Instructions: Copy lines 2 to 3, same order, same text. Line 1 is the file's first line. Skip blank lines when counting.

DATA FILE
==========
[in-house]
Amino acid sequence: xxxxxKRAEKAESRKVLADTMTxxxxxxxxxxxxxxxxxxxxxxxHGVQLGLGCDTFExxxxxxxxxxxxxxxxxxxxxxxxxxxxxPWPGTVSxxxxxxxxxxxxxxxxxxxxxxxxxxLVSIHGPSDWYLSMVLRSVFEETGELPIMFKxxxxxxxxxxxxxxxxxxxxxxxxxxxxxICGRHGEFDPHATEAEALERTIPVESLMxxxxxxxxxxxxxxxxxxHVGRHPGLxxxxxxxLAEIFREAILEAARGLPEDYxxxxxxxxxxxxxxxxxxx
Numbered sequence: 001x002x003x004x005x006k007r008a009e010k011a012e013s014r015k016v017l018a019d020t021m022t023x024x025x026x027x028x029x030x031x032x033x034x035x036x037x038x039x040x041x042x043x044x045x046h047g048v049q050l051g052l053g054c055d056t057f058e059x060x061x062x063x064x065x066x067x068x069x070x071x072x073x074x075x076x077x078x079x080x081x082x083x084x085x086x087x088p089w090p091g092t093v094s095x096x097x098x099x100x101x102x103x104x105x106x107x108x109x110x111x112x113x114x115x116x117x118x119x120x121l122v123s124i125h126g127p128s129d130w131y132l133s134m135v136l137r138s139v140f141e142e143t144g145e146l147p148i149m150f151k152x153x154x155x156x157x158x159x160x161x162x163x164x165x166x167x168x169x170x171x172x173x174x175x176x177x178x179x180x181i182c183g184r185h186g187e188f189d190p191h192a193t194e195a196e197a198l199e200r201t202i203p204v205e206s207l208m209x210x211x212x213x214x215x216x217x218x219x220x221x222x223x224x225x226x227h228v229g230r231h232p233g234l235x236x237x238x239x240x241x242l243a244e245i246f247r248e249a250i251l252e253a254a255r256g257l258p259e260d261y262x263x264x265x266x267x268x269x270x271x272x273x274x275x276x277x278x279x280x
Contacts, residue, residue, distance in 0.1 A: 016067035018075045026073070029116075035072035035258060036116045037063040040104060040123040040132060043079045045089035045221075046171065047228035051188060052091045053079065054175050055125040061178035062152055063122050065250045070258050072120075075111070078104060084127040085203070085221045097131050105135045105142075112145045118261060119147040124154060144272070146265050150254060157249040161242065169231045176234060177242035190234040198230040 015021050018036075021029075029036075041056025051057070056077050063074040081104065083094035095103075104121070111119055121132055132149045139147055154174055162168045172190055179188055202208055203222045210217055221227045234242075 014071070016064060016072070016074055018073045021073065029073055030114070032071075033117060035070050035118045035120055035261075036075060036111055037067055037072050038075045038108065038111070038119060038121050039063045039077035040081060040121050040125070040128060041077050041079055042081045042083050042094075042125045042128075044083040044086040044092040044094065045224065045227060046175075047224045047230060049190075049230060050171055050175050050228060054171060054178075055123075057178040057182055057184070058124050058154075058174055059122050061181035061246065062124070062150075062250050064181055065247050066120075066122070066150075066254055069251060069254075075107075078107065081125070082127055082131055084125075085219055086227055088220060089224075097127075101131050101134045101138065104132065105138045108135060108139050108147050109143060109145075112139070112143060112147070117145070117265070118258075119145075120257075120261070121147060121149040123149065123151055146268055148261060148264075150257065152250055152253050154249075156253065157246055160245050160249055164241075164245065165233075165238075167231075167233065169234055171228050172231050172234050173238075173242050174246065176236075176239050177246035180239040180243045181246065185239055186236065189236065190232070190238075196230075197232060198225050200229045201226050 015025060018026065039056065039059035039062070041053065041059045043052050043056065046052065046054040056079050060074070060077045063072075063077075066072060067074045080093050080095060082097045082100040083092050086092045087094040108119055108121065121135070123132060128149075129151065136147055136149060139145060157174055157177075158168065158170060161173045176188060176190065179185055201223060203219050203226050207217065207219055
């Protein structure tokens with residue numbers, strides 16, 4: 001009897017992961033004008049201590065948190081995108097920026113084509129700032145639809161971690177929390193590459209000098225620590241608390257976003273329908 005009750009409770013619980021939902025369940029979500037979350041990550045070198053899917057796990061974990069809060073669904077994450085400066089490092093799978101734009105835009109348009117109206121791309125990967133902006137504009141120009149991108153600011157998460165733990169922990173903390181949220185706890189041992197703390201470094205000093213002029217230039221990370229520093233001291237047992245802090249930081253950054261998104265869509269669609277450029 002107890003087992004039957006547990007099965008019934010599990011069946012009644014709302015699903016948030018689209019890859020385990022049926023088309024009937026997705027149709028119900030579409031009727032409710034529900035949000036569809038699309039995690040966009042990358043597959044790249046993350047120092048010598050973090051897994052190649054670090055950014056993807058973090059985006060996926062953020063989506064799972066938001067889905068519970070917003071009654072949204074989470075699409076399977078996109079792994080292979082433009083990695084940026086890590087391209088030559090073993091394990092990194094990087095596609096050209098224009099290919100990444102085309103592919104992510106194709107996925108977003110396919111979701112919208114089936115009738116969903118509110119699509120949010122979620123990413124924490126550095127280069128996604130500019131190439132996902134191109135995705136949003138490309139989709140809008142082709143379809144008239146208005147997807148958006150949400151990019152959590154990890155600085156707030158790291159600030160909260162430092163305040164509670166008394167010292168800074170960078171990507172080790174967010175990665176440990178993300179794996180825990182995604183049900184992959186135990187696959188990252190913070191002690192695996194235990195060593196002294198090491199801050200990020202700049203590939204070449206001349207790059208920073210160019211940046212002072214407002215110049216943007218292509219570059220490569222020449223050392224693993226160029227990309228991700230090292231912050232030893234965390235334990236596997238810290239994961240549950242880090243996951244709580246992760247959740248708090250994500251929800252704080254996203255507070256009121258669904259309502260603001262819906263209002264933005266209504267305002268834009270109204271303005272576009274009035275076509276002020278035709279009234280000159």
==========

Amino acid sequence: xxxxxKRAEKAESRKVLADTMTxxxxxxxxxxxxxxxxxxxxxxxHGVQLGLGCDTFExxxxxxxxxxxxxxxxxxxxxxxxxxxxxPWPGTVSxxxxxxxxxxxxxxxxxxxxxxxxxxLVSIHGPSDWYLSMVLRSVFEETGELPIMFKxxxxxxxxxxxxxxxxxxxxxxxxxxxxxICGRHGEFDPHATEAEALERTIPVESLMxxxxxxxxxxxxxxxxxxHVGRHPGLxxxxxxxLAEIFREAILEAARGLPEDYxxxxxxxxxxxxxxxxxxx
Numbered sequence: 001x002x003x004x005x006k007r008a009e010k011a012e013s014r015k016v017l018a019d020t021m022t023x024x025x026x027x028x029x030x031x032x033x034x035x036x037x038x039x040x041x042x043x044x045x046h047g048v049q050l051g052l053g054c055d056t057f058e059x060x061x062x063x064x065x066x067x068x069x070x071x072x073x074x075x076x077x078x079x080x081x082x083x084x085x086x087x088p089w090p091g092t093v094s095x096x097x098x099x100x101x102x103x104x105x106x107x108x109x110x111x112x113x114x115x116x117x118x119x120x121l122v123s124i125h126g127p128s129d130w131y132l133s134m135v136l137r138s139v140f141e142e143t144g145e146l147p148i149m150f151k152x153x154x155x156x157x158x159x160x161x162x163x164x165x166x167x168x169x170x171x172x173x174x175x176x177x178x179x180x181i182c183g184r185h186g187e188f189d190p191h192a193t194e195a196e197a198l199e200r201t202i203p204v205e206s207l208m209x210x211x212x213x214x215x216x217x218x219x220x221x222x223x224x225x226x227h228v229g230r231h232p233g234l235x236x237x238x239x240x241x242l243a244e245i246f247r248e249a250i251l252e253a254a255r256g257l258p259e260d261y262x263x264x265x266x267x268x269x270x271x272x273x274x275x276x277x278x279x280x